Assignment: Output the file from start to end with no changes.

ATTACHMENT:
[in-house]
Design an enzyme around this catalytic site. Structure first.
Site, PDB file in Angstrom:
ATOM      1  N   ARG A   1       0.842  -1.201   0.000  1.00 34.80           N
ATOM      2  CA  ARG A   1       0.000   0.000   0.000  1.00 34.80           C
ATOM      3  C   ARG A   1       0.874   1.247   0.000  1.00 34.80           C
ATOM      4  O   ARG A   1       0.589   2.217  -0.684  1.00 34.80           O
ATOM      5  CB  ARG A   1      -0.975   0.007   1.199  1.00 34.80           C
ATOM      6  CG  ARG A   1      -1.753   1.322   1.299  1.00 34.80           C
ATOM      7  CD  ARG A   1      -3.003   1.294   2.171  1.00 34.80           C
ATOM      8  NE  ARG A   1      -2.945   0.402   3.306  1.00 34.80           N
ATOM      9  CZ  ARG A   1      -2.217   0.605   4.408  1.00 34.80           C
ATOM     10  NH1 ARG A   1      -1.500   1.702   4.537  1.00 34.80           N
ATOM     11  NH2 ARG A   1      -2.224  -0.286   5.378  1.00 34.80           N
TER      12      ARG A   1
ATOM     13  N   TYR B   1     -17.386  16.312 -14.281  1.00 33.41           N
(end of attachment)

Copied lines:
[in-house]
Design an enzyme around this catalytic site. Structure first.
Site, PDB file in Angstrom:
ATOM      1  N   ARG A   1       0.842  -1.201   0.000  1.00 34.80           N
ATOM      2  CA  ARG A   1       0.000   0.000   0.000  1.00 34.80           C
ATOM      3  C   ARG A   1       0.874   1.247   0.000  1.00 34.80           C
ATOM      4  O   ARG A   1       0.589   2.217  -0.684  1.00 34.80           O
ATOM      5  CB  ARG A   1      -0.975   0.007   1.199  1.00 34.80           C
ATOM      6  CG  ARG A   1      -1.753   1.322   1.299  1.00 34.80           C
ATOM      7  CD  ARG A   1      -3.003   1.294   2.171  1.00 34.80           C
ATOM      8  NE  ARG A   1      -2.945   0.402   3.306  1.00 34.80           N
ATOM      9  CZ  ARG A   1      -2.217   0.605   4.408  1.00 34.80           C
ATOM     10  NH1 ARG A   1      -1.500   1.702   4.537  1.00 34.80           N
ATOM     11  NH2 ARG A   1      -2.224  -0.286   5.378  1.00 34.80           N
TER      12      ARG A   1
ATOM     13  N   TYR B   1     -17.386  16.312 -14.281  1.00 33.41           N